With more than two decades of experience as an executive, Lizanne now leads an international brand with employees that number in the thousands, but her business savvy can be traced back to childhood.  Born in Denmark, Lizanne and her brother were raised by deaf parents. From a very young age, she became somewhat of the family ambassador, handling everything from her parent’s tax returns to booking their plane tickets. Early exposure to handling her parents’ external affairs gave Lizanne the interpersonal skills necessary to move steadily up the corporate ladder.

“I was sort of their ears and voice to the world, so I learned very early on that communication and how you connect with people can be very powerful, and can change the outcome of a situation,” she says.

As Lizanne got a little older, her parents braved drastic career changes, quitting their jobs in factories to become teachers for other deaf learners. As an integral part of their interaction with the outside, she was inspired by her parents’ strength and curiosity to make their mark on a world where they were intrinsically marginalized.

At 11 years old, Lizanne traveled to the United States for the first time to visit her aunt, who had moved to Washington, D.C., and ran a department store chain. Though Lizanne admittedly didn’t know exactly what she was witnessing at the time, she watched as her aunt in a leadership role and returned to Denmark devout in her career choice. Her aunt was breaking through “glass ceilings” before that phrase became commonplace and Lizanne became enamored with her aunt’s work ethic and business savvy, as well as her accomplishments within the workplace.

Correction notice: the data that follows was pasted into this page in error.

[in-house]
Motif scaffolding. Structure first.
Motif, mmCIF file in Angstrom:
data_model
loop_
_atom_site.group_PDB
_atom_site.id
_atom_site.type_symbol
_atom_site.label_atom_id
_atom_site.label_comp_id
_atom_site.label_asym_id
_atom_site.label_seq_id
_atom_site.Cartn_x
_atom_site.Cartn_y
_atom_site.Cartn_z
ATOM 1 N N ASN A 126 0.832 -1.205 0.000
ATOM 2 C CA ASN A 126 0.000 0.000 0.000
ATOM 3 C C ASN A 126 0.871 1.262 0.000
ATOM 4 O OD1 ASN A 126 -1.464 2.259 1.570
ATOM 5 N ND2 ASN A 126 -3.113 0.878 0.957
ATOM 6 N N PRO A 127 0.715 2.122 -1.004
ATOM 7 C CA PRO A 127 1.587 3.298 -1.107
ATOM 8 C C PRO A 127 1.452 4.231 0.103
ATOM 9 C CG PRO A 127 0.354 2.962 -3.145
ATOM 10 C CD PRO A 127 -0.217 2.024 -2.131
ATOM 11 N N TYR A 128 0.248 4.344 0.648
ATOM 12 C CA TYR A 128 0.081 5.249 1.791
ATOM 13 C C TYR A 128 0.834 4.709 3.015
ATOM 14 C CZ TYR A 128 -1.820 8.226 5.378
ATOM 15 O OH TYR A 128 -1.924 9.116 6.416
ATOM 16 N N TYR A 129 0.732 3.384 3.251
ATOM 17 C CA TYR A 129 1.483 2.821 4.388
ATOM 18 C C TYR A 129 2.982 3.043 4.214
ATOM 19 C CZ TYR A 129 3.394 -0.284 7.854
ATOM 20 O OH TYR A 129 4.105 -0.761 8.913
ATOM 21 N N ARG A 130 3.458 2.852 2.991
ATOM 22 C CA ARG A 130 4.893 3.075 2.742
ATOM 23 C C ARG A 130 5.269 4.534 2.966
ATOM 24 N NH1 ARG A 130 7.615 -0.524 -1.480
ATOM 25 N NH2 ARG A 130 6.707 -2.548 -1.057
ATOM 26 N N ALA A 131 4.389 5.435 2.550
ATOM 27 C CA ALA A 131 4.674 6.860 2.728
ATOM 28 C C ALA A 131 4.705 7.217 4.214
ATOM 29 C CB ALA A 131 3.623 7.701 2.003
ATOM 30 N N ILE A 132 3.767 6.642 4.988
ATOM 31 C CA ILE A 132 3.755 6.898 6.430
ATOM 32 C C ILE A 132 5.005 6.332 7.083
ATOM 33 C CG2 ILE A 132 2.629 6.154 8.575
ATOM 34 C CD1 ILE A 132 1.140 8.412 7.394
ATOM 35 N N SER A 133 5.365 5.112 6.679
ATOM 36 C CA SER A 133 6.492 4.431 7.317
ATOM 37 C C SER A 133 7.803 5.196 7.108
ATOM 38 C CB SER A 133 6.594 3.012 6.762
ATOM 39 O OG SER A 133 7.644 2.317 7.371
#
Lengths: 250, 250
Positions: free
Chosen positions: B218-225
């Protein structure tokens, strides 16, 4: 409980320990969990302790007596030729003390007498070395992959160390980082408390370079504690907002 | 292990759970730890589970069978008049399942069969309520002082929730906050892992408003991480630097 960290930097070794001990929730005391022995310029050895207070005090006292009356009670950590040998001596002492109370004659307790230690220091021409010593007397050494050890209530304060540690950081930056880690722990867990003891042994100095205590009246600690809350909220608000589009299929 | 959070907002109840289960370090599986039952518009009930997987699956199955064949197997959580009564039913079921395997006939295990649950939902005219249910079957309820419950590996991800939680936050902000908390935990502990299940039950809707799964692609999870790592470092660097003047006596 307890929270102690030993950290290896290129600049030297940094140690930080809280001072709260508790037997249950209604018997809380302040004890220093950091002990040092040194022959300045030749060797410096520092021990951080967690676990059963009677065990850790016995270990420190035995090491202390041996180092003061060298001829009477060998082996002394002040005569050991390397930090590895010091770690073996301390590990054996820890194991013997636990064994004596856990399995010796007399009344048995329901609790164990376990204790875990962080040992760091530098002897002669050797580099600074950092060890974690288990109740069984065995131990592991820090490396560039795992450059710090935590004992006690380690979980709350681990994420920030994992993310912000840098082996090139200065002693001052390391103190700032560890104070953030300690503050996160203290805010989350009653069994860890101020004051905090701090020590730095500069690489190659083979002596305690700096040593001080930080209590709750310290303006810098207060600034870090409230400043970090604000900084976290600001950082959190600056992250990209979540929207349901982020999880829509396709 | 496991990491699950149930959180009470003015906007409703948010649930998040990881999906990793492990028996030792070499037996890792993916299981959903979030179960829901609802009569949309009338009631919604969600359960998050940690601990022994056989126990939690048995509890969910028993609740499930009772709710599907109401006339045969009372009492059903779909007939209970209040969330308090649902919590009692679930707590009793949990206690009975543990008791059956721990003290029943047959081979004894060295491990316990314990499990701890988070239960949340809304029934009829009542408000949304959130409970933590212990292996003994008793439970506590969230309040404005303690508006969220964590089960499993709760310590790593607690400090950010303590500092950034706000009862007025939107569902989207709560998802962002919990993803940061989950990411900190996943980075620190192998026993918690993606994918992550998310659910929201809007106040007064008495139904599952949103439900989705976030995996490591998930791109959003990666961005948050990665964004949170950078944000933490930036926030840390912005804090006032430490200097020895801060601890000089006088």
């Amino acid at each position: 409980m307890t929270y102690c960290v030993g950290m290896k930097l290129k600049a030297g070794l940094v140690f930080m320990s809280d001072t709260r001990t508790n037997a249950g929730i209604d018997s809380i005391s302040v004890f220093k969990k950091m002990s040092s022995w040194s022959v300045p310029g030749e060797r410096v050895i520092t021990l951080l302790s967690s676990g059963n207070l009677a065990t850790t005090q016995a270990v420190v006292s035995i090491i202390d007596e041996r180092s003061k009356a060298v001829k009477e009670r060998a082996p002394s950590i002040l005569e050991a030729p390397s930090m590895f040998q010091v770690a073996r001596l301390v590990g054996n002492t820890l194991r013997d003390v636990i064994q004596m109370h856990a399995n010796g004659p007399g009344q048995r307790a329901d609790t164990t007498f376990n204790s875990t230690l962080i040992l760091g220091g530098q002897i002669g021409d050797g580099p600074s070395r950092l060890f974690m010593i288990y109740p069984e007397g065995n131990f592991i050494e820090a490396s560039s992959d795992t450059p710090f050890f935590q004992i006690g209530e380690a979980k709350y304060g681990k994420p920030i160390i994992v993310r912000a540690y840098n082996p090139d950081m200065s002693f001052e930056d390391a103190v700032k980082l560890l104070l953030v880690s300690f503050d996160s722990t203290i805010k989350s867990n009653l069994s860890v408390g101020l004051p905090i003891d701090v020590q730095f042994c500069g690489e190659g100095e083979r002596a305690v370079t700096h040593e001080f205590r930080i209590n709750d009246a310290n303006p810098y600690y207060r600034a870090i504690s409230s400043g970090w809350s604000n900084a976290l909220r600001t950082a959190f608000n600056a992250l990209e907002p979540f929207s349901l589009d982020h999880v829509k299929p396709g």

“She became my role model. My parents were my backbone, but she was really my north star,” says Lizanne.

Even with decades of experience and as an accomplished CEO, Lizanne consistently leverages the foundational skills she learned outside of the classroom and the office. “I wake up every day coming in to win and do better, but with the appropriate amount of humility and ambition,” she laughs. And it is this mix of qualities in Lizanne’s leadership that has helped Talbots recreate a legacy that is shared through generations and consistently keeps women coming back to shop for more.

The Success Diaries: Claire Mazur & Erica Cerulo

Dear Claire and Erica circa 2002,

You guys just met, at the dining hall! And, as much as you want to roll your eyes at the guy who introduced you—who thinks you’ll have so much in common because you’ve both dated college basketball players—acknowledge that he might be onto something. Definitely roll your eyes first, though, and then get down to it.